Far off we heard a bell;
And, suddenly, a great red light
Smouldered before our startled sight.{90}
Then came a cry, a fiercer flash,
And down between the trees
We saw great crimson figures crash,
Wild-eyed monstrosities;
Great dragon-shapes that breathed a flame
From roaring nostrils as they came:
We sank upon our knees;
And looming o’er us, ten yards high,
Like battleships they thundered by.
And then, as down that mighty dell
We followed, faint with fear,
We understood the tolling bell
That called the monsters there;
For right in front we saw a house
Woven of wild mysterious boughs
Bursting out everywhere
In crimson flames, and with a shout
The monsters rushed to put it out.{91}
And, in a flash, the truth was ours;
And there we knew—we knew—
The meaning of those trees like flowers,
Those boughs of rose and blue,
And from the world we’d left above
A voice came crooning like a dove
To prove the dream was true:
And this—we knew it by the rhyme
Must be—the Forest of Wild Thyme.
For out of the mystical rose-red dome
Of heaven the voice came murmuring down:
Oh, Ladybird, Ladybird, fly away home;
Your house is on fire and your children are gone.
We knew, we knew it by the rhyme,
Though we seemed, after all,
No tinier, yet the sweet wild thyme{92}
Towered like a forest tall
All round us; oh, we knew not how,
And yet—we knew those monsters now:
Our dream’s divine recall
Had dwarfed us, as with magic words;
The dragons were but ladybirds!
And all around us as we gazed,
Half glad, half frightened, all amazed,
The scented clouds of purple smoke
In lurid gleams of crimson broke;
And o’er our heads the huge black trees
Obscured the sky’s red mysteries;
While here and there gigantic wings
Beat o’er us, and great scaly things
Fold over monstrous leathern fold
Out of the smouldering copses rolled;
And eyes like blood-red pits of flame
From many a forest-cavern came{93}
To glare across the blazing glade,
Till, with the sudden thought dismayed,
We wondered if we e’er should find
The mortal home we left behind:
Fear clutched us in a grisly grasp,
We gave one wild and white-lipped gasp,
Then turned and ran, with streaming hair,
Away, away, and anywhere!
And hurry-skurry, heart and heel and hand, we tore along,
And still our flying feet kept time and pattered on for Peterkin,
For Peterkin, oh Peterkin, it made a kind of song
To prove the road was right although it seemed so dark and wrong,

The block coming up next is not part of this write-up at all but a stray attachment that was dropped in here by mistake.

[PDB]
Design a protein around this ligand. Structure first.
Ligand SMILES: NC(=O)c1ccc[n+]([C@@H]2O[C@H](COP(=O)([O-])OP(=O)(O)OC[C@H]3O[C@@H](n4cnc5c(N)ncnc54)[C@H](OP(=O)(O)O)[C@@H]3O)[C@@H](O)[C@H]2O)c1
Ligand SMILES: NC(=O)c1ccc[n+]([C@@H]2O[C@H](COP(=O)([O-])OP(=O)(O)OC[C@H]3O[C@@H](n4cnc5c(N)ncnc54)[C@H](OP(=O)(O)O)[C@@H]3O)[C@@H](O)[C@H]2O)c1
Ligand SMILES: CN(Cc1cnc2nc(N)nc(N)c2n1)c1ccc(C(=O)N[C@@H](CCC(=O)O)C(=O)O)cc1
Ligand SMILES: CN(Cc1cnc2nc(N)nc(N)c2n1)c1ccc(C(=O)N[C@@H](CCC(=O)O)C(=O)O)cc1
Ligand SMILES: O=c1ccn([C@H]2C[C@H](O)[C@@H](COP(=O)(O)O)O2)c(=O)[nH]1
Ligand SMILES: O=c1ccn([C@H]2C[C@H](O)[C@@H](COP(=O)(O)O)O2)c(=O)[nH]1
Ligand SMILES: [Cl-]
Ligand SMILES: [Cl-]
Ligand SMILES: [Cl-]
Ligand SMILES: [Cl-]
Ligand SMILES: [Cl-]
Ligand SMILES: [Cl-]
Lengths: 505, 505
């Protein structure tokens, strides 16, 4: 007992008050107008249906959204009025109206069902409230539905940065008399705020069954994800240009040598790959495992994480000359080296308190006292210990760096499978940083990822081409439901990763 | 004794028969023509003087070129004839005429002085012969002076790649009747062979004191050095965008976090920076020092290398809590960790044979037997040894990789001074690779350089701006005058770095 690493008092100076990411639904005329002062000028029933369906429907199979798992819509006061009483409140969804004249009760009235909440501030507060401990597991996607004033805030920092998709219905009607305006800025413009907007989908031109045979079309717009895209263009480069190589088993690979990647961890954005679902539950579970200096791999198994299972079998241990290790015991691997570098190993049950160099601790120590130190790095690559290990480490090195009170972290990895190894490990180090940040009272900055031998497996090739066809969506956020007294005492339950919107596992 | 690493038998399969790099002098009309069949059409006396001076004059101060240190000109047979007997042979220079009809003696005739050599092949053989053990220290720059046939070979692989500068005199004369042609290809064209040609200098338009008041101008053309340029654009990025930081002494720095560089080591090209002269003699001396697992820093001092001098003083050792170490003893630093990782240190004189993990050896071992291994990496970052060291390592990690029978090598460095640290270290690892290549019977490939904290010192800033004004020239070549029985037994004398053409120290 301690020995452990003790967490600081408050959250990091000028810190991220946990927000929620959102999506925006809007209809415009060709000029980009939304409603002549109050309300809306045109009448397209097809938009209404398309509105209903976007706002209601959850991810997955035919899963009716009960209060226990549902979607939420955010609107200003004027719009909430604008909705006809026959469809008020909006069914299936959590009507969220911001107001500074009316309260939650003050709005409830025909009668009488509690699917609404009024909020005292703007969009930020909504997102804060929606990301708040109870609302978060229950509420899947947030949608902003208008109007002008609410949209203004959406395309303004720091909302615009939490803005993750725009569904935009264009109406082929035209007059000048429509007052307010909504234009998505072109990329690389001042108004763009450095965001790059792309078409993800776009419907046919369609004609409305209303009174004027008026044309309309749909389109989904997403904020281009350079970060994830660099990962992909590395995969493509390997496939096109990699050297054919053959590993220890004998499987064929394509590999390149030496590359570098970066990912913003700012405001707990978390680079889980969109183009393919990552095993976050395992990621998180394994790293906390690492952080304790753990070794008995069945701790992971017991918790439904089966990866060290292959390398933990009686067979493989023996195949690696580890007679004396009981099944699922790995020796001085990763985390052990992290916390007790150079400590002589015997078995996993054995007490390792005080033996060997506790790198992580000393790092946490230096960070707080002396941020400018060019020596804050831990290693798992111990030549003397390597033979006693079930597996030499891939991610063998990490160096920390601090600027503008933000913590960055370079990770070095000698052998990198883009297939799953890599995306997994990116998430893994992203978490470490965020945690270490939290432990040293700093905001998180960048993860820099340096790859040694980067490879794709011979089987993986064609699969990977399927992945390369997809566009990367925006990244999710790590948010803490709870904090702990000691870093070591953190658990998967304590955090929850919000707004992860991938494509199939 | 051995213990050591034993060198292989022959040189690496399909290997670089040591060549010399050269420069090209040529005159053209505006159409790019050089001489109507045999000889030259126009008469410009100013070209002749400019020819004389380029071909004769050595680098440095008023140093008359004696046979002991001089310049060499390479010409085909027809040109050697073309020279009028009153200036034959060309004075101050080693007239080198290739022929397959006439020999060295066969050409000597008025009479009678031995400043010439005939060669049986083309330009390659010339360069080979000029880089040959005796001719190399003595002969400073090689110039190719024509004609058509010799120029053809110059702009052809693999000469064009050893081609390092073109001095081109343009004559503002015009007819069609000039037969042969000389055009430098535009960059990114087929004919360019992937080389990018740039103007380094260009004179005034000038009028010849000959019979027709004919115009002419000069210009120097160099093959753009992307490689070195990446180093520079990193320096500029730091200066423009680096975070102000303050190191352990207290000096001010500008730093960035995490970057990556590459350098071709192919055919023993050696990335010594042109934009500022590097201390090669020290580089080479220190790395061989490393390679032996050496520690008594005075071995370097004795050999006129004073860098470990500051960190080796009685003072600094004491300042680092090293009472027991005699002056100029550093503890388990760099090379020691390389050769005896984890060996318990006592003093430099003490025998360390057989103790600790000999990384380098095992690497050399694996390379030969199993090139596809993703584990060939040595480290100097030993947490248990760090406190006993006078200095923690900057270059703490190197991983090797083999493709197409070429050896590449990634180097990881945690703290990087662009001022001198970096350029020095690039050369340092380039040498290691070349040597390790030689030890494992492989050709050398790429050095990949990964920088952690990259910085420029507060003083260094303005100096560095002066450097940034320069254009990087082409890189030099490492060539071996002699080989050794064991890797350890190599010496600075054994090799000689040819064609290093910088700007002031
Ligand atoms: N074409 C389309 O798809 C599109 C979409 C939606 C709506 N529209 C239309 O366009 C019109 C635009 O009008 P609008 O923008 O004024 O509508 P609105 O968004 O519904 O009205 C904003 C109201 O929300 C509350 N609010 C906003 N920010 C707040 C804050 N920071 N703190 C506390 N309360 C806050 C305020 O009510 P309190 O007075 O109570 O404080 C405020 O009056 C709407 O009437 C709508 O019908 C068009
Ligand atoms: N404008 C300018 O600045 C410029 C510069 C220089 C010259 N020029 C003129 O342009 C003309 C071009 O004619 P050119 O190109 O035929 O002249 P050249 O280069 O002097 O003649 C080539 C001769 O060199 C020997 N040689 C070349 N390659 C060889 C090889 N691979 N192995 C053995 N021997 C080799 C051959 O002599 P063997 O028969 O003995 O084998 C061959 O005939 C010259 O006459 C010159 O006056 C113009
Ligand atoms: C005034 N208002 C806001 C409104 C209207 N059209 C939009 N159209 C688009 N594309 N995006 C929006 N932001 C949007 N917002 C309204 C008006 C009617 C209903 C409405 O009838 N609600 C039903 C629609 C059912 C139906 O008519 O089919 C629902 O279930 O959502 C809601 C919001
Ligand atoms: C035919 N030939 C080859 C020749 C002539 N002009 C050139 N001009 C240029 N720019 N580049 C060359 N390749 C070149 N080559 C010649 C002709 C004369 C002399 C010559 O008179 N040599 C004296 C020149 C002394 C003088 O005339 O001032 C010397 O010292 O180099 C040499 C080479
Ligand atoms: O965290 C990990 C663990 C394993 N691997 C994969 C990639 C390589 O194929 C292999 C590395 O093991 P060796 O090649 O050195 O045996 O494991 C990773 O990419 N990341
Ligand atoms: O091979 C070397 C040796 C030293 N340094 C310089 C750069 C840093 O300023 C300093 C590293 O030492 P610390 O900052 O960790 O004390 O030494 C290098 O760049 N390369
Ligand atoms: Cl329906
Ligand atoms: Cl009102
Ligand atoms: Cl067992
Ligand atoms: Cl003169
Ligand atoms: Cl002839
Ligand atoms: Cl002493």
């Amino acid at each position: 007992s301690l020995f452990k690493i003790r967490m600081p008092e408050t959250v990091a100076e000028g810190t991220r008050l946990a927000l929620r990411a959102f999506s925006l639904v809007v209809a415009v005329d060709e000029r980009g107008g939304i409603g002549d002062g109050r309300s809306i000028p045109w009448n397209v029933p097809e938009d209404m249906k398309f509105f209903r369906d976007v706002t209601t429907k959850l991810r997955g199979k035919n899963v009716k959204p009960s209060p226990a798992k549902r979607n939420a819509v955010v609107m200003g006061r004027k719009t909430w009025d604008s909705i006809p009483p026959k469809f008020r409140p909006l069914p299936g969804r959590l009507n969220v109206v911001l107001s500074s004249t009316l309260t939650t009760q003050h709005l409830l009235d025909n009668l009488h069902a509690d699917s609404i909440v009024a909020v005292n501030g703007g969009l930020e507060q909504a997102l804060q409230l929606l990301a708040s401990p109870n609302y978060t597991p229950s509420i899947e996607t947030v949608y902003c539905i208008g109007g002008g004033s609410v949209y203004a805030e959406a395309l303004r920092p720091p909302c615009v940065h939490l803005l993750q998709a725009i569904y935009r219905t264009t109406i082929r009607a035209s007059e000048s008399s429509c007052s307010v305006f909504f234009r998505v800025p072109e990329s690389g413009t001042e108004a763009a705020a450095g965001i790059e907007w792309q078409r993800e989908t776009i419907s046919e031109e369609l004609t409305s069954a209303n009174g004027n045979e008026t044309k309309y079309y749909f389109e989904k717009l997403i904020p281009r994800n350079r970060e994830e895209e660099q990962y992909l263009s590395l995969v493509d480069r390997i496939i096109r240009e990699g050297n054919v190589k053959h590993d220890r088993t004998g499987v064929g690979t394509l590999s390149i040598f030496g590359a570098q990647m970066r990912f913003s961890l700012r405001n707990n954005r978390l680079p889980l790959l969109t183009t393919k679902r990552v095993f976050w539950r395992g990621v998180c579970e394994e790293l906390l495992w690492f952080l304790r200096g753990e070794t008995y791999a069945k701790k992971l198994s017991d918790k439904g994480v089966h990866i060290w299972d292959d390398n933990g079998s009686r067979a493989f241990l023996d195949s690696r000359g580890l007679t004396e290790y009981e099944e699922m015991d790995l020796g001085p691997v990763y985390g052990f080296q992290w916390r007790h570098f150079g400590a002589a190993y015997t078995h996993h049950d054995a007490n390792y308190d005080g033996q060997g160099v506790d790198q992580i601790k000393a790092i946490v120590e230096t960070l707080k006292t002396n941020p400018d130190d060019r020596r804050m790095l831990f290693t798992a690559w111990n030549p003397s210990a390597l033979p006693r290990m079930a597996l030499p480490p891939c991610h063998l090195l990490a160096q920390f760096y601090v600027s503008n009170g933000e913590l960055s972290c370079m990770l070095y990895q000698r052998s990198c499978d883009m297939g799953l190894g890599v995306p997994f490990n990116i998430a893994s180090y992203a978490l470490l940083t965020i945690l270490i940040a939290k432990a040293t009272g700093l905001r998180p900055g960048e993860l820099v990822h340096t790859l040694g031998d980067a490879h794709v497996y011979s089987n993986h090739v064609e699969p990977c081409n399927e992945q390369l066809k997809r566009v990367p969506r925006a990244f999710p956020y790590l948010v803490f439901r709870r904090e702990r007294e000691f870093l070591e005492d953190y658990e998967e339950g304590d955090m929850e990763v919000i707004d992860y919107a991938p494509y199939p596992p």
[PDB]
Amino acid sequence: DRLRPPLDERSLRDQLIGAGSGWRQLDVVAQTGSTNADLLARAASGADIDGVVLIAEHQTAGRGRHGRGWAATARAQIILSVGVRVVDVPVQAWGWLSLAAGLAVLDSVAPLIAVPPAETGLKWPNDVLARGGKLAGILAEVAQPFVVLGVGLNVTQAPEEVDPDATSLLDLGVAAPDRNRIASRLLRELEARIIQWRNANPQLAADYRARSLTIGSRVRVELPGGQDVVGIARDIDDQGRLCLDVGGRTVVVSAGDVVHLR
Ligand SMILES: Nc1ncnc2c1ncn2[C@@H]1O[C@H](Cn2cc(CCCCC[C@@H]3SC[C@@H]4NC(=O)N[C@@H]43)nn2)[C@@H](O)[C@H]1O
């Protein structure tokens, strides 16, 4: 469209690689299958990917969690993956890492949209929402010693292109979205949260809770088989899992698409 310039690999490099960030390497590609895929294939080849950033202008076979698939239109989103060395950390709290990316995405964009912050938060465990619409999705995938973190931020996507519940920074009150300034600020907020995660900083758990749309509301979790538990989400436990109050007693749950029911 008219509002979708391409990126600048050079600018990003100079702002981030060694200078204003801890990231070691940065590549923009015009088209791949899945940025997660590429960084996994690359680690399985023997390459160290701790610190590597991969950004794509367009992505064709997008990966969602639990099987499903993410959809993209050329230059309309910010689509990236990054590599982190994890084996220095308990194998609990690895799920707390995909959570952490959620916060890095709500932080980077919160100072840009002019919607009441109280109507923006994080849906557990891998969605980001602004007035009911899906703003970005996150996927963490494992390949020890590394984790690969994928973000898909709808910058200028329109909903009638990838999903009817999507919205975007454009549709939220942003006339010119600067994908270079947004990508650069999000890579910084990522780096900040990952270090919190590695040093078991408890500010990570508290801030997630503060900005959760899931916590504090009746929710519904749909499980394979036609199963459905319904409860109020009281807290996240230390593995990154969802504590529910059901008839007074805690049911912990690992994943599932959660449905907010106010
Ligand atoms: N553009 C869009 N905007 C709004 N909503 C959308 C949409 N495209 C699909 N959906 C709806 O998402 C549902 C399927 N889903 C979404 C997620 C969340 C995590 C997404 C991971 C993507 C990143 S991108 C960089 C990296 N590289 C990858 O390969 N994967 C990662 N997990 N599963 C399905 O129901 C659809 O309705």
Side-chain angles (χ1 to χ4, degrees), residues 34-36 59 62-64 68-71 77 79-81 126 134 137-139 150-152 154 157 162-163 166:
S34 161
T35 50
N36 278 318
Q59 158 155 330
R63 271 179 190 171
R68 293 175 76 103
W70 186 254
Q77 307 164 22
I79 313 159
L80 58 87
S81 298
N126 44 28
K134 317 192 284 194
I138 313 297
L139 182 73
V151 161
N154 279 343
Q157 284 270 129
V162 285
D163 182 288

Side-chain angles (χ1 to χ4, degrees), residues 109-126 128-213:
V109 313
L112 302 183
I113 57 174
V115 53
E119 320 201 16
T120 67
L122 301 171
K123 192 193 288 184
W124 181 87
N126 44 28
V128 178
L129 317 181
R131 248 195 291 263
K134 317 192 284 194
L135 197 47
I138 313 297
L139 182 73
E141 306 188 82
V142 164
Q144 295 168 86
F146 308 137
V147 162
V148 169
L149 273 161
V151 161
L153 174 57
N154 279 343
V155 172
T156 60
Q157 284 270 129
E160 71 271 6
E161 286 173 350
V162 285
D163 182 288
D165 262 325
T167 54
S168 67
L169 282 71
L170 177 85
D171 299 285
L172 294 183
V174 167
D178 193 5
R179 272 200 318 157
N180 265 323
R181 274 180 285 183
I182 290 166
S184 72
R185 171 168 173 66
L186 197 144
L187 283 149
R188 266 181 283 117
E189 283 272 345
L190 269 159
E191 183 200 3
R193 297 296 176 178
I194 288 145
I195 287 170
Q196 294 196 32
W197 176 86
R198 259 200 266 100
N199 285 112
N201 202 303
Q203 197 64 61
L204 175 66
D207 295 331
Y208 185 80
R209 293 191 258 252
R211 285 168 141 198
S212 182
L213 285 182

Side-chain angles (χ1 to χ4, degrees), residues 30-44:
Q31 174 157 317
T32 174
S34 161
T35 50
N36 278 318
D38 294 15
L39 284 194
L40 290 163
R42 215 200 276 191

As through the desperate woods we plunged and ploughed for little Peterkin,{94}
Where many a hidden jungle-beast made noises like a gong
That rolled and roared and rumbled as we rushed along to Peterkin.
Peterkin, Peterkin, if you could only hear
And answer us; one little word from little lonely Peterkin
To take and comfort father, he is sitting in his chair
In the library: he’s listening for your footstep on the stair
And your patter down the passage, he can only think of Peterkin:
Come back, come back to father, for to-day he’d let us tear
His newest book to make a paper-boat for little Peterkin.



Ah, what wonders round us rose
When we dared to pause and look,
Curious things that seemed all toes,
Goblins from a picture-book;
Ants like witches, four feet high,
Waving all their skinny arms,
Glared at us and wandered by,
Muttering their ancestral charms.
Stately forms in green and gold
Armour strutted through the glades,
Just as Hamlet’s ghost, we’re told,
Mooned among the midnight shades;{96}
Once a sort of devil came
Scattering broken trees about,
Winged with leather, eyed with flame,—
He was but a moth, no doubt.
Here and there, above us clomb
Feathery clumps of palm on high:
Those were ferns, of course, but some
Really seemed to touch the sky;
Yes; and down one fragrant glade,
Listening as we onward stole,
Half delighted, half afraid,
Dong, we heard the hare-bells toll!
Something told us what that gleam
Down the glen was brooding o’er;
Something told us in a dream
What the bells were tolling for!
Something told us there was fear,{97}
Horror, peril, on our way!
Was it far or was it near?
Near, we heard the night-wind say.
Toll, the music reeled and pealed
Through the vast and sombre trees,
Where a rosy light revealed
Dimmer, sweeter mysteries;
And, like petals of the rose,
Fairy fans in beauty beat,
Light in light—ah, what were those
Rhymes we heard the night repeat?
Toll, a dream within a dream,
Up an aisle of rose and blue,
Up the music’s perfumed stream
Came the words, and then we knew,
Knew that in that distant glen
Once again the case was tried,{98}
Hark!—Who killed Cock Robin, then?
And a tiny voice replied,
I! And who are You, sir, pray?”
Growled a voice that froze our marrow:
“Who!” we heard the murderer say,
“Lord, sir, I’m the famous Sparrow,
And this ’ere’s my bow and arrow!
Then, with one great indrawn breath,
Such a sighin’ and a sobbin{99}
Rose all round us for the death
Of poor, poor Cock Robin,
Oh, we couldn’t bear to wait
Even to hear the murderer’s fate,
Which we’d often wished to know
Sitting in the fireside glow
And with hot revengeful looks
Searched for in the nursery-books;
For the Robin and the Wren
Are such friends to mortal men,
Such dear friends to mortal men!
Toll; and through the woods once more
Stole we, drenched with fragrant dew:
Toll; the hare-bell’s burden bore
Deeper meanings than we knew:
Still it told us there was fear,
Horror, peril on our way!
Was it far or was it near?
Near, we heard the night-wind say!{100}
Near; and once or twice we saw
Something like a monstrous eye,
Something like a hideous claw
Steal between us and the sky:
Still we hummed a dauntless tune
Trying to think such things might be
Glimpses of the fairy moon
Hiding in some hairy tree.
Yet around us as we went
Through the glades of rose and blue
Sweetness with the horror blent
Wonder-wild in scent and hue:
Here Aladdin’s cavern yawned,
Jewelled thick with gorgeous dyes;
There a head of clover dawned
Like a cloud in eastern skies.
Hills of topaz, lakes of dew,{101}
Fairy cliffs of crystal sheen
Passed we; and the forest’s blue